Serves 4.

Grace Zia Chu. The Pleasures of Chinese Cooking. Pocket Books, March 1969. p.51.

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Filed under Birthday, Books, Irish, Perception ways, The 1970's

Jag

Rare Iron Pie Crimper/jag with Whale-Tail Handle and 1794 Large Cent Wheel, American, first half 19th century, with notched border and distinctive semi-circular tail reminiscent of a whale’s tail, the wheel composed of an altered American 1794 large cent with depiction of Lady Liberty. Typical wear. L 5 1/2″.

pie-jag-shelburne-musuem

Maker unknown, Double Eagle scrimshaw pie jag(detail), mid-19th century, carved, incised ivory colored with red wax, brass and silver, H. 7 in., W. 4 in, D. 1 1/2 in. Gift of George G. Frelinghuysen. Shelburne Museum. Image by David Bohl.

Sometimes  I choose what to write. Sometimes it chooses me.I’ve had lots of pie events lately, so pie has been on my brain. Pie, pie accessories, pie recipes….I was going to write about pie jags….or cookies….or some combination thereof….

piecrustmoldwilton

Wilton has a pie crust rim mold, is cutting and pasting is out of your league

BUT

pie jags lead to just plain jag….

A dish of rice and beans.

I didn’t  know about jag until I moved to Plymouth, where it is so common to be customary on any sort of potluck table. Sometimes with beans, sometimes with pease, sometimes with linguica or other tube meat  – always hits the spot.

 

linquica-gaspars

Paula Peters wrote about it years ago in the Cape Cod Times Finding the Recipe for jag and more recently Paula Marcoux wrote about Jagacida for edible South Shore and South Coast Magazine. And here’s a wordpress blogger who writes of three generations of jag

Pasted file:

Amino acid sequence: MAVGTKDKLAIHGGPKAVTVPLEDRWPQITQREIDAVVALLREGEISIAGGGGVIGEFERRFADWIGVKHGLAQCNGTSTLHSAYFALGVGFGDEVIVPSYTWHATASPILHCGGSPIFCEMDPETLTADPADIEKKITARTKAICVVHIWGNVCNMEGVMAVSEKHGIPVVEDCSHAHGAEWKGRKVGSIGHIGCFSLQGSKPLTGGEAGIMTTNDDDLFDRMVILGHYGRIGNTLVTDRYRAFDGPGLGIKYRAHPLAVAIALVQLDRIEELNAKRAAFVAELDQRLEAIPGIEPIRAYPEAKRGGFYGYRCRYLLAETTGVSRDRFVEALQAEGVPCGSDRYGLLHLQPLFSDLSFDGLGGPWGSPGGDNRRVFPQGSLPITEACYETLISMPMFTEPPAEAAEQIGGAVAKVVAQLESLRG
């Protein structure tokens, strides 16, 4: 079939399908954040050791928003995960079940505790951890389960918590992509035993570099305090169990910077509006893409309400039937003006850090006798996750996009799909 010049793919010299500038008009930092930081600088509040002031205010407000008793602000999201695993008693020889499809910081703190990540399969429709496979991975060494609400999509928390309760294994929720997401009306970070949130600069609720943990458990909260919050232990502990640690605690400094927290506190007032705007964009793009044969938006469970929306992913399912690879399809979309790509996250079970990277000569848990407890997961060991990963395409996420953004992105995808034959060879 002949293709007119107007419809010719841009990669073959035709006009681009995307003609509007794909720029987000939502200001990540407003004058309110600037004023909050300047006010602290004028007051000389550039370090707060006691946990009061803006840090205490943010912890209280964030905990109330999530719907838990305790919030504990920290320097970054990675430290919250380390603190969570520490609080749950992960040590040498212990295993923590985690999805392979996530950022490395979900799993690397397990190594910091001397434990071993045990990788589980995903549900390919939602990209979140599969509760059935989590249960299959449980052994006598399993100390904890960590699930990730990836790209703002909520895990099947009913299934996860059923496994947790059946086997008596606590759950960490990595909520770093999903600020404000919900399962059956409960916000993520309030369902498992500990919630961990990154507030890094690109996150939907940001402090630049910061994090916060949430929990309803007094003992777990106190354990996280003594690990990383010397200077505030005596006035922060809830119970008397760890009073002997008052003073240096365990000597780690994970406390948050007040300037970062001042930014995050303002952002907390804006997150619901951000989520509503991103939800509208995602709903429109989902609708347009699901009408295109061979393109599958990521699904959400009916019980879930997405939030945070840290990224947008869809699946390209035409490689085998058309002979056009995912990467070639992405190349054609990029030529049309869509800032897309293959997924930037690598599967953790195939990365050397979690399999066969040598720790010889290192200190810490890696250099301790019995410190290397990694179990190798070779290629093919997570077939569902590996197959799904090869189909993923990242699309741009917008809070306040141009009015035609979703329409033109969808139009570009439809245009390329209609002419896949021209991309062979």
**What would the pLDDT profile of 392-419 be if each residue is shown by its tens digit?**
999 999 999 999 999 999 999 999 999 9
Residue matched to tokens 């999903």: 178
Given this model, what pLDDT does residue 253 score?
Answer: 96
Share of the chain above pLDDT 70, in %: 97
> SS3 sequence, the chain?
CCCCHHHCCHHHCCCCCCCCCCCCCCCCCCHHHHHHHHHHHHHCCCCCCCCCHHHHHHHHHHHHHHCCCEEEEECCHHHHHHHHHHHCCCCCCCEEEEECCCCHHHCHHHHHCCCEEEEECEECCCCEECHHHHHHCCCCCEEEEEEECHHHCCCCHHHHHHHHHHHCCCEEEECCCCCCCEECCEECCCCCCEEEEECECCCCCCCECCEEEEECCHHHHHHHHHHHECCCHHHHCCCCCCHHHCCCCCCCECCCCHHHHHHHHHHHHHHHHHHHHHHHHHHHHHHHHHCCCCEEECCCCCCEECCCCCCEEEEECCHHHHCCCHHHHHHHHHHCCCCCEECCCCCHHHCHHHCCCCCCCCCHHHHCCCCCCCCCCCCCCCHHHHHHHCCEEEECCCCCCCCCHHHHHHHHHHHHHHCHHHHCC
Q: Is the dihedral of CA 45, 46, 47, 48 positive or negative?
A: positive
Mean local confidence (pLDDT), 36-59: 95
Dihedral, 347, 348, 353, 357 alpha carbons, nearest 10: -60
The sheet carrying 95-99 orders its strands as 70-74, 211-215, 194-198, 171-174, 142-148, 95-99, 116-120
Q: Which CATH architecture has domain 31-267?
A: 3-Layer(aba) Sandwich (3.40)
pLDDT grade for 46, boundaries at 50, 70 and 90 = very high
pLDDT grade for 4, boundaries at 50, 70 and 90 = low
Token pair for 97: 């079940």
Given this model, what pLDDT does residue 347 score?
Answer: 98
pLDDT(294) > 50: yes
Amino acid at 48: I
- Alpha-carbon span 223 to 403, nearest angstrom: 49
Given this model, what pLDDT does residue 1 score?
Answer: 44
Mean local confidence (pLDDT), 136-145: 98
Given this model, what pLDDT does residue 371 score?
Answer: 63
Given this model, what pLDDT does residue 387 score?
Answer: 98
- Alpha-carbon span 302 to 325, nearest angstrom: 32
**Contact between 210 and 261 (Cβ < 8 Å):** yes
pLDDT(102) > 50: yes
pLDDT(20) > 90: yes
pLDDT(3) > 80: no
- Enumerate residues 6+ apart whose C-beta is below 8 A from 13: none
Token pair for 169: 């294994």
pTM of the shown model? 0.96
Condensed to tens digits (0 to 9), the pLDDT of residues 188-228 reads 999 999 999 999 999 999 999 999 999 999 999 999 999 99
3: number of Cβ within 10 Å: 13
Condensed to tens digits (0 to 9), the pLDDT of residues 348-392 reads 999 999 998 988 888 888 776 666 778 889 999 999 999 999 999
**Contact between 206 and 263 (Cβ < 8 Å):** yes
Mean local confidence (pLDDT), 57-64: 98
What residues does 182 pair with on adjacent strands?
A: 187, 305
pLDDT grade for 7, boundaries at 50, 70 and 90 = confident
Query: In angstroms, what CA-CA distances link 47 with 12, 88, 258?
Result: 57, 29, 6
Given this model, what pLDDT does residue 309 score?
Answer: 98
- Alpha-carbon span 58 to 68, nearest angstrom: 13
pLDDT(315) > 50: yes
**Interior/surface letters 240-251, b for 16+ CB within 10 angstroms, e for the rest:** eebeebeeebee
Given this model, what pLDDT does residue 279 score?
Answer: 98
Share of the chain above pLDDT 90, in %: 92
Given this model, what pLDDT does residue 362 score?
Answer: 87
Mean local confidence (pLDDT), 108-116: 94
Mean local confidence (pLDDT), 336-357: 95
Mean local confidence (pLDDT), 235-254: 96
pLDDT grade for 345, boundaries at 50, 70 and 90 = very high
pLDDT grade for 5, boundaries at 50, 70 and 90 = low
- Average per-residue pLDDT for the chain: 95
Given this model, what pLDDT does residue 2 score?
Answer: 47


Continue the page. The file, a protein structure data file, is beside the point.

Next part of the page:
I have rice, and an onion, and beans instead of pease…..and a pot to cook it in and some smoked paprika. Time to put on the rice and beans.

 

 

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Collard Greens

Kale, Kale, Kale

Kale Pesto.

Kale Chips.

Guac-KALE-mole (and no outcry in the New York Times? Puh-leeze!)

Kale this and Kale that yadda yadda do da.

Kale-Bundle

You’d think it was the only leafy green in the world.

I’m not a kale hater, but it’s NOT the only green in the Garden.

Last week, my head was turned by….

Collard Greens.

collards

Back in the day, the English called these pretty babies Coleworts. ‘Collards’ is a dialectal variation of the word, the variation that stuck.

Great, big, beautiful, cut that very morning collards. A foot long in leaf and nearly as wide.

collardgreens